DIARY OF THE DEAD never quite reaches the heights of its ambitions and certainly isn’t Romero’s ultimate statement on the themes that he has been exploring all these years, but how could it be? After all, he made that movie thirty years ago and called it DAWN OF THE DEAD. The laconic dialogue which paid lip service to theme (“Why do they come here?” “Some kind of instinct. Memory, of what they used to do. This was an important place in their lives.”) is expanded here to allow for lengthy narration right off the bat. Essentially, it flat-out states the theme to us throughout the entire movie going over the same points a few times too many. It bugged me while viewing it, it bugs me now, though I do have to acknowledge that any college-age students actually putting together this “documentary” probably would be over-stating their theme in such a fashion. So is the film genuinely acknowledging how the characters have over-written their film? I’m not so sure about that. The actors, all unknowns, are problematic but I don’t have as much of an issue with them as others seem to. If anything they lack the real-world weight and likability that the older leads of DAWN had (one of the things that make it so rewatchable) and even if the J.J. Abrams-sanctioned leads of CLOVERFIELD are too good-looking, those actors still manage to make a definite impression, more than they ever do here.
One film that unexpectedly came to mind while thinking about DIARY afterwards was last fall’s LIONS FOR LAMBS, which I saw but did not write about. Both films are the work of left-leaning directors (Robert Redford with the other film) in the vicinity of seventy obviously trying to get a message across to the younger generation. Except in the case of LIONS the director seems to be earnestly crying out, “Would you please just listen to me about this, it’s important!” (which it is, but that’s another can of tuna) while in the case of DIARY Romero seems to be spitting out, “Take a look at this. What do you think about that? What the fuck are you going to do about that? Are you going to fucking wake up?” And maybe chewing on a cigar while he says that. DIARY OF THE DEAD has its problems, but I have to admit that I was constantly engaged by it. Different as it is in scale and intent from LAND OF THE DEAD, I don’t know if it’s significantly better or worse, but it’s hard not to notice the added energy that it seems to have. Numerous scenes with the zombies give up the kicks we’d want from them, even if there is more CGI than would be desired--there's also a few deserved swipes at recent films which have contained fast-moving zombies.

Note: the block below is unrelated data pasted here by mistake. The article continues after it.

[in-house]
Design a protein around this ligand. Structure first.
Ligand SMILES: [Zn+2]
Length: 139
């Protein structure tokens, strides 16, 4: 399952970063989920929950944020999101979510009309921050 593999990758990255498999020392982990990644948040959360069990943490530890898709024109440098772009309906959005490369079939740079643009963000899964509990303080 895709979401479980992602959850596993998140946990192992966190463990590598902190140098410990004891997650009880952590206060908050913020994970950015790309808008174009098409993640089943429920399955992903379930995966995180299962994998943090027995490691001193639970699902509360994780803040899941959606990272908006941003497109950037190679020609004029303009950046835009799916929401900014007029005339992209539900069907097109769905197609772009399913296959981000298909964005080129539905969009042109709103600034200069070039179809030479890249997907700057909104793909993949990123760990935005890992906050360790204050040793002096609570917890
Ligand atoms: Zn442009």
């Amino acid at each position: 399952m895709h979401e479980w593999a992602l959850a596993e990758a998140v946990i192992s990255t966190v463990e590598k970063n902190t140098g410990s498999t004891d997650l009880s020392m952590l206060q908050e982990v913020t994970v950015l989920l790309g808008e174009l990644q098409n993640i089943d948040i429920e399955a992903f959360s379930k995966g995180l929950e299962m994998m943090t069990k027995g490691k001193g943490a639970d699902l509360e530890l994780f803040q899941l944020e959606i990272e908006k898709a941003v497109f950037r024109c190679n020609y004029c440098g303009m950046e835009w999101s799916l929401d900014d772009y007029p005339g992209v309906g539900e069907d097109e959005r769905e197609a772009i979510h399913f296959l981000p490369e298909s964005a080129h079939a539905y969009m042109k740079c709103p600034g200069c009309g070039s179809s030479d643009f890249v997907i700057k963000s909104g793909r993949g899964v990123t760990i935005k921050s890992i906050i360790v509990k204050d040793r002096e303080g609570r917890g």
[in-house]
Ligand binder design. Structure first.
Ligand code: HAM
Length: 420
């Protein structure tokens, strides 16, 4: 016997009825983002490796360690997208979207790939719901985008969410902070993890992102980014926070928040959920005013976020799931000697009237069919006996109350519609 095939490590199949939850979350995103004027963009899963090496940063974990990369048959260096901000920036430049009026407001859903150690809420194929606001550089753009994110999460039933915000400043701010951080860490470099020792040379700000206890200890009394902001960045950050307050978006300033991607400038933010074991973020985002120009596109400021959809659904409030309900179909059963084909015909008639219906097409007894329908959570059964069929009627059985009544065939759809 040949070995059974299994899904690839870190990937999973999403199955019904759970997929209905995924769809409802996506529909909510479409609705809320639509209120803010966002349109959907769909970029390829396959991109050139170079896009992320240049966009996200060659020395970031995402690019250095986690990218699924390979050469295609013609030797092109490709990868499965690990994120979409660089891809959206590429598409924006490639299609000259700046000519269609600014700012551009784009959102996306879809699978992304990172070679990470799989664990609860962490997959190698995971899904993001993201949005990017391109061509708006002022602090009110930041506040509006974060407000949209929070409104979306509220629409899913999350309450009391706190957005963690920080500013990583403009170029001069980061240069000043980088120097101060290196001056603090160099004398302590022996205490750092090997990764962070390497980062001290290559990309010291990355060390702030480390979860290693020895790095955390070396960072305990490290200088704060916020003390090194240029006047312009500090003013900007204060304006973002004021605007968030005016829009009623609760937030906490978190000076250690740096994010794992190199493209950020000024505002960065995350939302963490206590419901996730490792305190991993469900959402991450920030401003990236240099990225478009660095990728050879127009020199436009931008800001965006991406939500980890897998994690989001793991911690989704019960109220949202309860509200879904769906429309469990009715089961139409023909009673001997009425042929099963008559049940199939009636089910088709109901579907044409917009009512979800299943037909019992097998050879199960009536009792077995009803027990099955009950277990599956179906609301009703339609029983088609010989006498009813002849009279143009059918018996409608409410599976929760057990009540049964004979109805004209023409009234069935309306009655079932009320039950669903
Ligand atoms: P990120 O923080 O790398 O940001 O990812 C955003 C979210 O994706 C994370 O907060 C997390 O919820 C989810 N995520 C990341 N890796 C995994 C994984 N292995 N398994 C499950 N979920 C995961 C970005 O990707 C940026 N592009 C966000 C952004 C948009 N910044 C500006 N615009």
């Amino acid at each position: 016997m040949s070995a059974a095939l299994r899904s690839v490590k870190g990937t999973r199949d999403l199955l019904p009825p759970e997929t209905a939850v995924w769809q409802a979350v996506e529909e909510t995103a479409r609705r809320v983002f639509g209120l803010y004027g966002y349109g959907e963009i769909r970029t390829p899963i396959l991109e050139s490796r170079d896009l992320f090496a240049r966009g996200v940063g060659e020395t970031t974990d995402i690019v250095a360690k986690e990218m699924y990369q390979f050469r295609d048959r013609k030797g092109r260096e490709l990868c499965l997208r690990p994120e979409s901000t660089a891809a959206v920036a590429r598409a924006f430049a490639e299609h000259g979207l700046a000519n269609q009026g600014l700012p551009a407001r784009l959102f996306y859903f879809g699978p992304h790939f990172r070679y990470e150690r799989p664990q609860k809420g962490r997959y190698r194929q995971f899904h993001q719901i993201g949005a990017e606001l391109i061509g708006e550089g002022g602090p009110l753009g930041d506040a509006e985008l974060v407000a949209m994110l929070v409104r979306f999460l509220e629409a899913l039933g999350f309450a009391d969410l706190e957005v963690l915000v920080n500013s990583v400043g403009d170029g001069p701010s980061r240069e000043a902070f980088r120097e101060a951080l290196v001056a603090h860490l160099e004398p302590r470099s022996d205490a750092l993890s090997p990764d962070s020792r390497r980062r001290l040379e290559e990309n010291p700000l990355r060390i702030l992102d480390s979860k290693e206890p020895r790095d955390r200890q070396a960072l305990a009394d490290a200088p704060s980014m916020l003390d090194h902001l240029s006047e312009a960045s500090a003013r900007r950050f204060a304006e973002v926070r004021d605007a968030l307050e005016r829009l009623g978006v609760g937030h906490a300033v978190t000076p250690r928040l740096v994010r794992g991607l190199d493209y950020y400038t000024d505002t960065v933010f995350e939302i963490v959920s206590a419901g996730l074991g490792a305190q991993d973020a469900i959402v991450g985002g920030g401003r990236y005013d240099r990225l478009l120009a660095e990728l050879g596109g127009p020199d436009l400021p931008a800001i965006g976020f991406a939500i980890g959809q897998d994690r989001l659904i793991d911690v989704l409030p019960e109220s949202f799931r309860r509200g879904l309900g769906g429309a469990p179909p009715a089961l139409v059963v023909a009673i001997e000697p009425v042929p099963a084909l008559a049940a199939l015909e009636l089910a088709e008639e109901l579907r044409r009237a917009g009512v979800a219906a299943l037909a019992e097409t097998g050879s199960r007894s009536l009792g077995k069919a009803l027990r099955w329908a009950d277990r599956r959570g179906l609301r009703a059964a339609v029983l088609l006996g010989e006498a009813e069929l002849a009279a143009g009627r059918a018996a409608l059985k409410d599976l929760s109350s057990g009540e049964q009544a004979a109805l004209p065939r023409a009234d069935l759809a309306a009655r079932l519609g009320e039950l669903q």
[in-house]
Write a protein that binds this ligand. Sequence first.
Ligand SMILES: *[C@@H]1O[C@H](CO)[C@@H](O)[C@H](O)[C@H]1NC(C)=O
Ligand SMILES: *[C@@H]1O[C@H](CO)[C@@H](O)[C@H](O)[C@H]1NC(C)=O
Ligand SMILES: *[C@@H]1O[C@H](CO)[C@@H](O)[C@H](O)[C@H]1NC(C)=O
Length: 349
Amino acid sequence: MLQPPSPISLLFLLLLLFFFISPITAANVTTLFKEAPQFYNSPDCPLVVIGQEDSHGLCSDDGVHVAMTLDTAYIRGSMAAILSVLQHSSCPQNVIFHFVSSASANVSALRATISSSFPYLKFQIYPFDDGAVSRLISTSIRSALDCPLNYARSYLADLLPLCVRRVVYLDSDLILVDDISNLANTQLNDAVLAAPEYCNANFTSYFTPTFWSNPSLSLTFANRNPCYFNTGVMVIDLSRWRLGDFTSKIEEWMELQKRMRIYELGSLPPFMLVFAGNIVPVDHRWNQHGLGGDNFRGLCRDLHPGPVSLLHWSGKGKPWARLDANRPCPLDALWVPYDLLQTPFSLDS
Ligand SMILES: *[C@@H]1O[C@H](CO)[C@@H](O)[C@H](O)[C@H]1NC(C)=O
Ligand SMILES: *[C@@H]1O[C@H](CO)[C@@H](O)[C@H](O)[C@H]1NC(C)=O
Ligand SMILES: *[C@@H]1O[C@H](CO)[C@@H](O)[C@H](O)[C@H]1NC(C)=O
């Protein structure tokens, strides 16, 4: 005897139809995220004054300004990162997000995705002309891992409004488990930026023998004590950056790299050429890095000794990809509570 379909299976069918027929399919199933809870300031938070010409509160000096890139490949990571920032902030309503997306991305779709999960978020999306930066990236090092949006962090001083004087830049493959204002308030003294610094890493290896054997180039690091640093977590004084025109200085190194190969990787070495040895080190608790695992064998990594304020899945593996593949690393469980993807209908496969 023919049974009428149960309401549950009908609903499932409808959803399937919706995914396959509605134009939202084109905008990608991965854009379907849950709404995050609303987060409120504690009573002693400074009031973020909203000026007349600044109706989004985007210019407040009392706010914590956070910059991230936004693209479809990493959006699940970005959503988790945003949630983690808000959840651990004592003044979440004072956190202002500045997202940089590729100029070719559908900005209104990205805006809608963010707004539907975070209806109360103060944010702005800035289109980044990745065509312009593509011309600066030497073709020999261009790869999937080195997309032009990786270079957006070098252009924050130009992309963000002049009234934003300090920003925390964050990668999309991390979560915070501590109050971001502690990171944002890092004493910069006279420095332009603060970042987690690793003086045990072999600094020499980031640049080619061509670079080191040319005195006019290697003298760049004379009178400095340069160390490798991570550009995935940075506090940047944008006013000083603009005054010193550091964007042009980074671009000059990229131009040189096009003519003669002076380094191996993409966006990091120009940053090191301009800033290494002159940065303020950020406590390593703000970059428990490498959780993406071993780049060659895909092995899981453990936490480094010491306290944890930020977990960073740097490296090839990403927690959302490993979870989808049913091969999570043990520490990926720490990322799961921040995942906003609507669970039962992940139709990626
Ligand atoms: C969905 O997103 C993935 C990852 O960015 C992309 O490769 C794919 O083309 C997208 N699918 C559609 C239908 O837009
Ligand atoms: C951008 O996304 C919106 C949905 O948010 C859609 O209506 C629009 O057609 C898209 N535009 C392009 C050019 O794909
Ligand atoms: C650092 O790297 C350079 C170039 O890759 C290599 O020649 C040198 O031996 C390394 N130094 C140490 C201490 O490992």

If anything, some of the film simply feels like we’ve gone there before. "It used to be us against us; now it's us against them ... except, they are us," is stated in the narration at one point. It’s a good line, but maybe a little too close to the less-wordy “We’re them…and they’re us,” stated by Patricia Tallman at the end of Tom Savini’s NIGHT OF THE LIVING DEAD remake in 1990, a line scripted by Romero himself. There’s little question that DIARY is a more successful film than that was, but it’s an indication that while the world around the film’s events has changed, enough has remained the same that to the point that there’s a lot here which has been said before. Still, Romero’s passion in what he wants to say is so vivid that it’s hard not to get a thrill out of it.
The sold-out screening--with Adrienne Barbeau among those in attendance--was immediately followed by a too-short, completely aimless and extremely enjoyable discussion with Romero and John Landis, who was as excitable as expected—leave it to Landis to reference MEDIUM COOL in this context. And, considering it was shot the year NIGHT OF THE LIVING DEAD was released, it was probably a more appropriate comparison than he realized. Very little was revealed during the talk that Romero hasn’t already discussed in some of the numerous interviews he’s given lately, but his enthusiasm for this film that he shot in only 20 (!) days was obvious. It’s hard not to think that this experience has left him more inspired to continue working than maybe he has been in decades. Here’s hoping that there’s more coming from him. DIARY OF THE DEAD is definitely flawed, but the feeling of individuality that he’s long been known for is evident in the new film and that could just be enough.
Tuesday, February 12, 2008
When John Barry’s haunting theme starts up at the beginning of Richard Lester’s 1968 PETULIA, the message it seems to get across is very clear: No matter what happens from this point on, you will get hurt. On the surface, PETULIA could be looked at as a time capsule piece, a vision of San Francisco at the time of Haight-Ashbury made by people lucky enough to be there at the time. But in a greater sense PETULIA is about two very different people who stumble across each other at a point in their lives when they are feeling powerless about everything going on around them. The broad strokes of that idea have changed in the world. But the specifics, the pain of not being able to achieve those things that we can’t quite define to ourselves, remain the same. The tagline on the poster was “An uncommon movie” which seems very accurate. Other movies may attempt similar approaches, but few others achieve what this one does emotionally.